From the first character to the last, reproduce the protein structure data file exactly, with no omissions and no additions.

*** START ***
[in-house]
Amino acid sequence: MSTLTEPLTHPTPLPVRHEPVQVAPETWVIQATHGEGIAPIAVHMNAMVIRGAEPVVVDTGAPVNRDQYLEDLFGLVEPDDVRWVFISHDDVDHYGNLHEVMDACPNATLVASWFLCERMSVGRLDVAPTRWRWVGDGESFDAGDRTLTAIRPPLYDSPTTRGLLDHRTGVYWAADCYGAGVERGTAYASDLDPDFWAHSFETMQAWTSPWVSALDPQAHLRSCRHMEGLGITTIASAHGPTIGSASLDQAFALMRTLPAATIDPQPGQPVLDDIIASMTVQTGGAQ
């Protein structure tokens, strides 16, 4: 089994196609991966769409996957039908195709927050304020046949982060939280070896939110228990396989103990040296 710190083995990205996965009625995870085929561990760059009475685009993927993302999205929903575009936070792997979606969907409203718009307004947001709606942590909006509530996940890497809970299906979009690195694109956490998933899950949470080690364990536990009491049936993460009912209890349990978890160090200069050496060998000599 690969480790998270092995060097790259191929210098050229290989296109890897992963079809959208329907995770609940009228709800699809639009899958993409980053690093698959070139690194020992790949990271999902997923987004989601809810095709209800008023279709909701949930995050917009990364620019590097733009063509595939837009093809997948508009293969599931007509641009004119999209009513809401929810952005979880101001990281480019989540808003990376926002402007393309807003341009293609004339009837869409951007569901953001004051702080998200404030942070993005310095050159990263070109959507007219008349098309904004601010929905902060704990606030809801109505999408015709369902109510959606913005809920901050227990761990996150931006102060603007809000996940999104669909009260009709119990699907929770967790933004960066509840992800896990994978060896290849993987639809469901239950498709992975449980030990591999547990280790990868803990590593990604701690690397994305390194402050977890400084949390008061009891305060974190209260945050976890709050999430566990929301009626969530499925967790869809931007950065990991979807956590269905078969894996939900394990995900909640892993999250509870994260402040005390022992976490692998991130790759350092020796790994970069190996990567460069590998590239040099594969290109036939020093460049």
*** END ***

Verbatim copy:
[in-house]
Amino acid sequence: MSTLTEPLTHPTPLPVRHEPVQVAPETWVIQATHGEGIAPIAVHMNAMVIRGAEPVVVDTGAPVNRDQYLEDLFGLVEPDDVRWVFISHDDVDHYGNLHEVMDACPNATLVASWFLCERMSVGRLDVAPTRWRWVGDGESFDAGDRTLTAIRPPLYDSPTTRGLLDHRTGVYWAADCYGAGVERGTAYASDLDPDFWAHSFETMQAWTSPWVSALDPQAHLRSCRHMEGLGITTIASAHGPTIGSASLDQAFALMRTLPAATIDPQPGQPVLDDIIASMTVQTGGAQ
């Protein structure tokens, strides 16, 4: 089994196609991966769409996957039908195709927050304020046949982060939280070896939110228990396989103990040296 710190083995990205996965009625995870085929561990760059009475685009993927993302999205929903575009936070792997979606969907409203718009307004947001709606942590909006509530996940890497809970299906979009690195694109956490998933899950949470080690364990536990009491049936993460009912209890349990978890160090200069050496060998000599 690969480790998270092995060097790259191929210098050229290989296109890897992963079809959208329907995770609940009228709800699809639009899958993409980053690093698959070139690194020992790949990271999902997923987004989601809810095709209800008023279709909701949930995050917009990364620019590097733009063509595939837009093809997948508009293969599931007509641009004119999209009513809401929810952005979880101001990281480019989540808003990376926002402007393309807003341009293609004339009837869409951007569901953001004051702080998200404030942070993005310095050159990263070109959507007219008349098309904004601010929905902060704990606030809801109505999408015709369902109510959606913005809920901050227990761990996150931006102060603007809000996940999104669909009260009709119990699907929770967790933004960066509840992800896990994978060896290849993987639809469901239950498709992975449980030990591999547990280790990868803990590593990604701690690397994305390194402050977890400084949390008061009891305060974190209260945050976890709050999430566990929301009626969530499925967790869809931007950065990991979807956590269905078969894996939900394990995900909640892993999250509870994260402040005390022992976490692998991130790759350092020796790994970069190996990567460069590998590239040099594969290109036939020093460049």